|by Lisa Spellman|
SUCCESS COMES IN PAIRS
|SPOUSES OF CARDIAC PATIENTS CAN DO MORE TO HELP WITH REHABILITATION.|
|For a year during nursing school, Bernice Yates, Ph.D., cared for her mother who was dying of cancer. She held her hand, bathed her and helped her family navigate the medical maze.
Her mother never saw her graduate. But, the personal caregiving experience gave Dr. Yates a richer perspective on the most effective way to help patients make a stronger recovery.
An associate professor in the department of adult health and illness in the UNMC College of Nursing, Dr. Yates will launch a two-year pilot study to look at the outcomes of cardiac rehabilitation on patients and their spouses.
The 40-couple study, funded by a $225,000 grant from the National Institute of Nursing Research, a division of the National Institutes of Health, is being done through the outpatient cardiac rehab centers at The Nebraska Medical Center and Nebraska Methodist Health System.
All patients will participate in exercise and education classes at the cardiac rehab outpatient center, but only half of the patients' spouses will join their partner in the activities. Dr. Yates hypothesizes that cardiac patients have better long-term success if their spouses are included in their rehabilitation program.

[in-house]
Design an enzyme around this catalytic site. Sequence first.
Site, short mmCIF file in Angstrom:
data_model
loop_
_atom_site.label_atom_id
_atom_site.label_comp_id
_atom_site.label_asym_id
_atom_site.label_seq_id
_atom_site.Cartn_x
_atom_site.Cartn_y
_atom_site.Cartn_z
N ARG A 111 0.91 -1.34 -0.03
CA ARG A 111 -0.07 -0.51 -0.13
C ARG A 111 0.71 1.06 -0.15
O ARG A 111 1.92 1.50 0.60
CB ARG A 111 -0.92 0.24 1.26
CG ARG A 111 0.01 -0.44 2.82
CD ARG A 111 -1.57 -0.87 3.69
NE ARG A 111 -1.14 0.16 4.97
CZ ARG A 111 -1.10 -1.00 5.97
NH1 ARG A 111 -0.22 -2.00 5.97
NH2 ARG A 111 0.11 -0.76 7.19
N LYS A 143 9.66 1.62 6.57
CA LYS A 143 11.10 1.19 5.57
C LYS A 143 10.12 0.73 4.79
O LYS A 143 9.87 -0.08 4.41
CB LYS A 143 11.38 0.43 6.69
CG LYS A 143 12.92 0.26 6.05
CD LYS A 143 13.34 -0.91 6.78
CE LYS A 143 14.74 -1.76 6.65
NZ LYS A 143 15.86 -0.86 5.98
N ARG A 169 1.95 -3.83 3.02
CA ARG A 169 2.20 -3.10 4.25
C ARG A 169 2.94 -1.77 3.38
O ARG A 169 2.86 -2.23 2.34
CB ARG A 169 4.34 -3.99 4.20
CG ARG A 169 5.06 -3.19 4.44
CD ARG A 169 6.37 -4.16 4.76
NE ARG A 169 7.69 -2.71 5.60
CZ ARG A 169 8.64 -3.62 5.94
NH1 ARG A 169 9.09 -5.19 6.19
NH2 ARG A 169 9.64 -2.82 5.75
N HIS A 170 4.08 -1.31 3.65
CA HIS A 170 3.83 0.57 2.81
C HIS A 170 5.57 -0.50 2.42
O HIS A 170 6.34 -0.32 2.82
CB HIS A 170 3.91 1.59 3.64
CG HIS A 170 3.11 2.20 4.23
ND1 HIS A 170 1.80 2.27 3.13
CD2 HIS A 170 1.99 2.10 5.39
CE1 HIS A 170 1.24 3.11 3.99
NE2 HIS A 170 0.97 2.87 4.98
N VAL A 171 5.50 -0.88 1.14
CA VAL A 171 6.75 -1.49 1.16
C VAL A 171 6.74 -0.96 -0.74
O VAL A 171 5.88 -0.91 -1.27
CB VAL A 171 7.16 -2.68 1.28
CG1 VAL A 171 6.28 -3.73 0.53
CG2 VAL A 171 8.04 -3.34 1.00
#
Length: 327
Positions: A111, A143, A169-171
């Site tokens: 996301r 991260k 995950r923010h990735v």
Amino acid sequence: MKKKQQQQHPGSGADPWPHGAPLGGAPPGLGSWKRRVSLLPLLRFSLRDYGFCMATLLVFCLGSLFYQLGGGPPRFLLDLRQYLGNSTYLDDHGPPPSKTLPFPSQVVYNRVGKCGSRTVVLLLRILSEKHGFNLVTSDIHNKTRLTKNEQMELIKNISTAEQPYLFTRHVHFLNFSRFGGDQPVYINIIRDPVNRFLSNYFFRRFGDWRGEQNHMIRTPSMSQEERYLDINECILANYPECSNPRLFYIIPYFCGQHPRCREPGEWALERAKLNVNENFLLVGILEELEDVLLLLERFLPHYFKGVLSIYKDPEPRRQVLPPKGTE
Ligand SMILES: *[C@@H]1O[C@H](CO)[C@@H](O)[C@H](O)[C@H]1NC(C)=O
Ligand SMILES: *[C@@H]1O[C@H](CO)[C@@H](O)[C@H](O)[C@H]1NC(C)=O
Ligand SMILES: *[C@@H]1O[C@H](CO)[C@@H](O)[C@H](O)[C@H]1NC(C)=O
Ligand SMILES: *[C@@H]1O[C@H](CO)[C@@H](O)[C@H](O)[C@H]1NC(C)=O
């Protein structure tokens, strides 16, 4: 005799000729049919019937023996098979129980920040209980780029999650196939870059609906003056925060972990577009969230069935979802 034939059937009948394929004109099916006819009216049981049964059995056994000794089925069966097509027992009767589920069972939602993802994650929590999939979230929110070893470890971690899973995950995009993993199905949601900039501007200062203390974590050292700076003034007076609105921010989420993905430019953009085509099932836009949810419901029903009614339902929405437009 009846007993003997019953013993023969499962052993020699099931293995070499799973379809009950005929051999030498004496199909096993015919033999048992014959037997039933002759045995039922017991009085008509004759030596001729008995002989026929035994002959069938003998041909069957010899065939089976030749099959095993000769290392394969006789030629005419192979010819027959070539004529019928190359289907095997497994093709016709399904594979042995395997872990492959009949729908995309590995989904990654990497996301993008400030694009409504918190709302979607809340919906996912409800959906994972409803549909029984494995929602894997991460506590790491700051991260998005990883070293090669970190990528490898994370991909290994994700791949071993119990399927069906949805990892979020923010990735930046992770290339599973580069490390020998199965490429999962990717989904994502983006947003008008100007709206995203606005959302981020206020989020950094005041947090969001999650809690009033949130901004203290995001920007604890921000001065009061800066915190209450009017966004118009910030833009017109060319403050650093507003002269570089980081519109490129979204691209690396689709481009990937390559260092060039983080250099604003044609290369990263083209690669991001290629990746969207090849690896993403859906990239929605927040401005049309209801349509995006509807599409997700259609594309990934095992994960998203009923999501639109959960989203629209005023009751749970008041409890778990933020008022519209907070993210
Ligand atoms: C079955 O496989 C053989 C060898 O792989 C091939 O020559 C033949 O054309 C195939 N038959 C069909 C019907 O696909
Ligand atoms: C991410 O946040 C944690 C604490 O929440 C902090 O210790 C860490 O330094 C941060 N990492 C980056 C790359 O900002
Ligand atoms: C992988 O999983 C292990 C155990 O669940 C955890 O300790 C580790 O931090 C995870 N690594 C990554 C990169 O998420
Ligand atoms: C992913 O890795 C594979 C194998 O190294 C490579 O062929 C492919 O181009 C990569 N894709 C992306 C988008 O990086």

"The hope is that what they learn in cardiac rehab will stay with them long after they leave," Dr. Yates said. "And if their spouse is involved in rehab with them, their chances for success go up."
Their support is similar to the compassionate care and support she provided her own family during her mother's illness and after her death. "I was considered the health expert in the family, someone who could provide a caring perspective," she said.
Her study participants will receive similar guidance. For six months, Dr. Yates will follow their progress, noting each milestone in diet and exercise and then tally the results. For the
Bernice Yates, Ph.D., teaches heart patient John Torchia and his wife, Rachel, a new exercise program while Claudia Stolinski, cardiovascular nurse specialist at the Nebraska Medical Center, takes John's blood pressure.
|discover spring 2010|